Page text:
2. Quality of private rented housing

The traditional image of uniformly low-grade accommodation within the private rented sector is outdated. The private rented sector now achieves good satisfaction ratings—in the latest English Housing Survey 2010–11 (published July 2012), 84% of private tenants were content with their accommodation, compared with 80% of social tenants and 95% of owner-occupiers. The Survey also found that 72% of private tenants were satisfied with the service provided in maintaining and repairing their home, compared with 66% of local authority tenants, 73% of housing association tenants and 66% of owner occupiers.

The challenge is not so much the quality of the existing rented housing stock as the quantity. This is currently insufficient for existing and anticipated future demand creating supply shortages and in certain locations upward pressure on prices.

In order to encourage more investment in housing (not just the private rented sector), the way forward is to focus on incentives, rather than penalties. This is particularly so now when house prices are virtually flat, and in some instances falling, and landlords are already being asked to increase the quality of the housing stock through a number of measures, including the “Green Deal”, and more local authority enforcement. Possible incentives to landlords could include:

reduced or no VAT on repairs and improvements for landlords who sign up to a responsible management standard; and

capital allowances on expenditure.

3. Rental levels in the private rented sector

Data relating to rental levels should be treated with caution, given that in many instances the information relates to asking rents, rather than those actually achieved. Furthermore there is a distinction between rents achieved for new letting and those for renewals of existing tenancies—the latter tend to be lower.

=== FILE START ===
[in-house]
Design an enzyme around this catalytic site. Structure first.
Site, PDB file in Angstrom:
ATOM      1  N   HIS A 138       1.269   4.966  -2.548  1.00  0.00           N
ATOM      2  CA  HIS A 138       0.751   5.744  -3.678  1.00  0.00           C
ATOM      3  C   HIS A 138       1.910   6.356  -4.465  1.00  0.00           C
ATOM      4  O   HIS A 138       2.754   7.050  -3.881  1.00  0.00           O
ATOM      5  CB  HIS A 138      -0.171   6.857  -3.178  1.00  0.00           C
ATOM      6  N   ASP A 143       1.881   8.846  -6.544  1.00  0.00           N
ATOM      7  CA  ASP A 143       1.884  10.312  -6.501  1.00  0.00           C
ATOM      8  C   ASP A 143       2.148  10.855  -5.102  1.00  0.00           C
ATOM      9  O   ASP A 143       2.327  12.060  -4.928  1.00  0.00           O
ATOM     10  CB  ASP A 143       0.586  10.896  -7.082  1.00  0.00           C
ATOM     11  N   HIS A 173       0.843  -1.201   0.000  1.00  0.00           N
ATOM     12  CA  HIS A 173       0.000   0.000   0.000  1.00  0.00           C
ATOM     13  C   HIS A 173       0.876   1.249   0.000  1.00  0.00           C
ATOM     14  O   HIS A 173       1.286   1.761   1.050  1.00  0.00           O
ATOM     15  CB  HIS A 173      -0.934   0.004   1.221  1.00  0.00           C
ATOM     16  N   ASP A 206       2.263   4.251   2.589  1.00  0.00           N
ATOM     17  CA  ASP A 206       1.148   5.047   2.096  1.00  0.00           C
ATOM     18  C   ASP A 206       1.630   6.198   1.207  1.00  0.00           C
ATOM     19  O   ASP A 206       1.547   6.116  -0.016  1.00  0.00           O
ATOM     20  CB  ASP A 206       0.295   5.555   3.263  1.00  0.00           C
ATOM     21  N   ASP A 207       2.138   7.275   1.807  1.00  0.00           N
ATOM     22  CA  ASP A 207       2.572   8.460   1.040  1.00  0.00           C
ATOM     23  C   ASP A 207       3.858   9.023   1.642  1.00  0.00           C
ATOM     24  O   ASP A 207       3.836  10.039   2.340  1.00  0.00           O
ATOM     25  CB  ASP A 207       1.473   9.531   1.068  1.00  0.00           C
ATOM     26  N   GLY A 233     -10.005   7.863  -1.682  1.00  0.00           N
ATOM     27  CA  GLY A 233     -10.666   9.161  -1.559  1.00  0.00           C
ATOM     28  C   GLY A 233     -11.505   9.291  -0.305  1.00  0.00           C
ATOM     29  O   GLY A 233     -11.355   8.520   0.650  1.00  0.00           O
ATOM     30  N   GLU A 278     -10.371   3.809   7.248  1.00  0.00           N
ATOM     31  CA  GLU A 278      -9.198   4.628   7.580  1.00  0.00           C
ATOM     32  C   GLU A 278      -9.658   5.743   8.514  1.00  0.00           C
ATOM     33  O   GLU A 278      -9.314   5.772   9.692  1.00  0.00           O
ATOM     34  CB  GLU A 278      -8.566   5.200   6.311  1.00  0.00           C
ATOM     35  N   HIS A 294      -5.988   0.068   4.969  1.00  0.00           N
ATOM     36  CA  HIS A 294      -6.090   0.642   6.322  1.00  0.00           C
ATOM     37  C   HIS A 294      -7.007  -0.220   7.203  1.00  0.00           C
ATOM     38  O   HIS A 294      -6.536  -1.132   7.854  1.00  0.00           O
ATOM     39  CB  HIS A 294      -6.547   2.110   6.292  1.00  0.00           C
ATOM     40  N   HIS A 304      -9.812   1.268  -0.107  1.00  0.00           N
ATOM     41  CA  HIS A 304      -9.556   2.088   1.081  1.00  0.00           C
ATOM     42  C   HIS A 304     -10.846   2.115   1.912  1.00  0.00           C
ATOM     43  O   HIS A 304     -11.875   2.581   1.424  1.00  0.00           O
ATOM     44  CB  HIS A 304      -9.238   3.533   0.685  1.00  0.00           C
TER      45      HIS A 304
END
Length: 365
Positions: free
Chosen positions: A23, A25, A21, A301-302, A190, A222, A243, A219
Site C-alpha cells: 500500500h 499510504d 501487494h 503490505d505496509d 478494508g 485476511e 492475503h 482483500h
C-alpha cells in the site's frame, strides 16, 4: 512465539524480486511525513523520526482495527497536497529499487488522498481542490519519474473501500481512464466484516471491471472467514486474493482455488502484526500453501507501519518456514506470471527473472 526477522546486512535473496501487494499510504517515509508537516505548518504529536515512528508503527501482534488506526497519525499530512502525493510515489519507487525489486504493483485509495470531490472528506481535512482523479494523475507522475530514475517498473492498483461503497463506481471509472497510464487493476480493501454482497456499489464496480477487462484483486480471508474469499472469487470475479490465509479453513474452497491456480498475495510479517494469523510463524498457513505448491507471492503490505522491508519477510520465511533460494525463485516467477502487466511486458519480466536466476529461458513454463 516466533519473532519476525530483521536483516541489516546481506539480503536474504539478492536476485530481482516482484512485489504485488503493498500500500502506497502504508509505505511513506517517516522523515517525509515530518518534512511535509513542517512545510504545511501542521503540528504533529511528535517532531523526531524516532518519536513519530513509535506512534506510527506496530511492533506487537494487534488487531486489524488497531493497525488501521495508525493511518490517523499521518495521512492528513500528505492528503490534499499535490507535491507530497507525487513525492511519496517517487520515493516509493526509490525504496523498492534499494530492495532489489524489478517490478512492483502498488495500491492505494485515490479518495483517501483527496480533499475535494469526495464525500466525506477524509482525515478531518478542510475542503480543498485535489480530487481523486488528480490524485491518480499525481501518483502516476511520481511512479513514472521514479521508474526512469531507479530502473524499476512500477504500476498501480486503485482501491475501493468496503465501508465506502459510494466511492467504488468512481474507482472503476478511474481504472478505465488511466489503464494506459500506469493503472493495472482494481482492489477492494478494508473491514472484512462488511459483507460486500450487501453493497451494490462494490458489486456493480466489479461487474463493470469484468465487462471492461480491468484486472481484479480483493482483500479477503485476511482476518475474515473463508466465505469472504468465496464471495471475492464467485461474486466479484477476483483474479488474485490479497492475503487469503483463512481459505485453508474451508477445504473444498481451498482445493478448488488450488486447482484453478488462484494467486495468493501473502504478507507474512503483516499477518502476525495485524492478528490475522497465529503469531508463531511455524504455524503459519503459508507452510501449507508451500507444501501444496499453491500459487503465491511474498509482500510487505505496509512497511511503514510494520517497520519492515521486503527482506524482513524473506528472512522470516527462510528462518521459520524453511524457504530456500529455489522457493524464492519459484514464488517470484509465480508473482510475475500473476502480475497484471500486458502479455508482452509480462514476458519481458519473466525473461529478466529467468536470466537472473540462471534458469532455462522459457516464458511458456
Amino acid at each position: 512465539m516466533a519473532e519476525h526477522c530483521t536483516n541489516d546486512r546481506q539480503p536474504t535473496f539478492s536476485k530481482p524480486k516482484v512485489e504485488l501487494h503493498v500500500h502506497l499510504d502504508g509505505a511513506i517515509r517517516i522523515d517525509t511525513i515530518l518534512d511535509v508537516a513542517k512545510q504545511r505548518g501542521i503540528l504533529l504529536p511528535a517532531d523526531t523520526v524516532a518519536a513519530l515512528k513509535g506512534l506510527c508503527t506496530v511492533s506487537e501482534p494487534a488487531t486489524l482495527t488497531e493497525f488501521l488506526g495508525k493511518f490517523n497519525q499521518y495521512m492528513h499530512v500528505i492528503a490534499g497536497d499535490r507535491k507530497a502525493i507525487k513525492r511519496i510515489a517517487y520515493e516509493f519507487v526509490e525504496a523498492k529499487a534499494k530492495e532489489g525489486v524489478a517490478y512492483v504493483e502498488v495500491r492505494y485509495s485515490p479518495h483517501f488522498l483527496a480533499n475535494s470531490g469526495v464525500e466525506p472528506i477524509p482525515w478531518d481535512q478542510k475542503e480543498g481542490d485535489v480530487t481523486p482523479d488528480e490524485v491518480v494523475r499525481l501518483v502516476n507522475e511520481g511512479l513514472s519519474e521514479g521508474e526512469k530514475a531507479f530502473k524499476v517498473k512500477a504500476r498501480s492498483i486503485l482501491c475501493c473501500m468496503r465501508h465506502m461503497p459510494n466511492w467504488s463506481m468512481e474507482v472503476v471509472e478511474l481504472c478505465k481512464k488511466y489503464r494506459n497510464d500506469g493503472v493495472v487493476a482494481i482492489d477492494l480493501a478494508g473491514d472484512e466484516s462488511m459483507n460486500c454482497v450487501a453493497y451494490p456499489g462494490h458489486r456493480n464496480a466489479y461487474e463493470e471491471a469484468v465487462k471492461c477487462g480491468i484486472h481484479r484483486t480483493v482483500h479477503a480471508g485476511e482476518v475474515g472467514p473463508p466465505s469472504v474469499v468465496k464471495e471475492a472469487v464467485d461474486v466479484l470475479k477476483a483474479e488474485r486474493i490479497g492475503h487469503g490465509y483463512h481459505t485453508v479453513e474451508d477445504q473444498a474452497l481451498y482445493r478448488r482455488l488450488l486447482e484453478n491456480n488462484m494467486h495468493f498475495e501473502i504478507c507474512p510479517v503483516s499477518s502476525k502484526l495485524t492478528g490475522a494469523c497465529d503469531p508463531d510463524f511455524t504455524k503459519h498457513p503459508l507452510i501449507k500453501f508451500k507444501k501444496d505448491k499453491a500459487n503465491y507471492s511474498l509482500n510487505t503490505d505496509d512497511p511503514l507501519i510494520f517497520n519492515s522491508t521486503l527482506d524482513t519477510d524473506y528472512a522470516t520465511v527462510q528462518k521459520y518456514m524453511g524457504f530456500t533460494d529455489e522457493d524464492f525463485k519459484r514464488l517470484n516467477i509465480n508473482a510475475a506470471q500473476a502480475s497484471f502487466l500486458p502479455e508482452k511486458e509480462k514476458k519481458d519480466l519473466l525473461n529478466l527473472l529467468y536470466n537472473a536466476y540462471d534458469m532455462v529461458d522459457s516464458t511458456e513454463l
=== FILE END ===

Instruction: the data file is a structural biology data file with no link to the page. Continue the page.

Rental levels in the private rented sector are market driven. In locations where there is a shortage of accommodation to rent, eg Central London, rental levels have been rising above the level of inflation. However, this is not the same on a national basis, as shown in the graph below.

Residential rents per month—2-bed property

Source: Hometrack

The pattern shown on the graph is supported by figures produced by the Valuation Office Agency (VOA), showing that growth in market rents is undershooting CPI in over 60% of local authorities across England. Even in London, rents have undershot RPI for most of the past decade.

Further analysis of the VOA data is included in the submission to this inquiry by the British Property Federation (BPF) and we concur with the BPF’s comments regarding the current level of private sector market rents.

Average house prices have risen faster than rents over the last decade and, as a result, net income returns from residential rents are already low compared with investments in commercial property or student housing. This is perhaps less of an issue for many smaller investors as their decision to invest in the private rented sector is more likely to take into account the potential level of capital growth achievable when they sell with vacant possession. For institutional and other investors that want to lease their property holdings for a longer duration, the low rental yields are a barrier to investment—in the IPF survey, mentioned above, nearly two-thirds of non-investors interviewed cited this as a reason not to invest in the sector.